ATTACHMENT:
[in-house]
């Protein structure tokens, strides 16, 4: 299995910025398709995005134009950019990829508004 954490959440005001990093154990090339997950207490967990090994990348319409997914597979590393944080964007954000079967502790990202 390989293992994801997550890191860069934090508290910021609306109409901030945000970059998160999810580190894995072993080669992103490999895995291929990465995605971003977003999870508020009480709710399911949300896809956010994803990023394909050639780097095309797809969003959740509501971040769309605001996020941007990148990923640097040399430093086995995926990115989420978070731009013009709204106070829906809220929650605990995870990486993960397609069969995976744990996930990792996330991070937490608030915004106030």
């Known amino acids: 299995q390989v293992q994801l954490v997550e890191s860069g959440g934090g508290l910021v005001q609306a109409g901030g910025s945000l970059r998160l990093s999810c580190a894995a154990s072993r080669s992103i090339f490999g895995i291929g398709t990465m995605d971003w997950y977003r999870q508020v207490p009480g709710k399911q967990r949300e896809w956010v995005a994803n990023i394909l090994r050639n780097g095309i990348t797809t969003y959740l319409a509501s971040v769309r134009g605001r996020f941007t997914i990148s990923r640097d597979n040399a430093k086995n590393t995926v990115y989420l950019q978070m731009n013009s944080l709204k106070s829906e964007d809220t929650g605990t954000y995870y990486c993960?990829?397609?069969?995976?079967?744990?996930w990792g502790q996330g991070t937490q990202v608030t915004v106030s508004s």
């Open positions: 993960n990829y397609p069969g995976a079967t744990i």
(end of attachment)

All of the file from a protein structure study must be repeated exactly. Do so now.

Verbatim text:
[in-house]
């Protein structure tokens, strides 16, 4: 299995910025398709995005134009950019990829508004 954490959440005001990093154990090339997950207490967990090994990348319409997914597979590393944080964007954000079967502790990202 390989293992994801997550890191860069934090508290910021609306109409901030945000970059998160999810580190894995072993080669992103490999895995291929990465995605971003977003999870508020009480709710399911949300896809956010994803990023394909050639780097095309797809969003959740509501971040769309605001996020941007990148990923640097040399430093086995995926990115989420978070731009013009709204106070829906809220929650605990995870990486993960397609069969995976744990996930990792996330991070937490608030915004106030």
């Known amino acids: 299995q390989v293992q994801l954490v997550e890191s860069g959440g934090g508290l910021v005001q609306a109409g901030g910025s945000l970059r998160l990093s999810c580190a894995a154990s072993r080669s992103i090339f490999g895995i291929g398709t990465m995605d971003w997950y977003r999870q508020v207490p009480g709710k399911q967990r949300e896809w956010v995005a994803n990023i394909l090994r050639n780097g095309i990348t797809t969003y959740l319409a509501s971040v769309r134009g605001r996020f941007t997914i990148s990923r640097d597979n040399a430093k086995n590393t995926v990115y989420l950019q978070m731009n013009s944080l709204k106070s829906e964007d809220t929650g605990t954000y995870y990486c993960?990829?397609?069969?995976?079967?744990?996930w990792g502790q996330g991070t937490q990202v608030t915004v106030s508004s």
């Open positions: 993960n990829y397609p069969g995976a079967t744990i």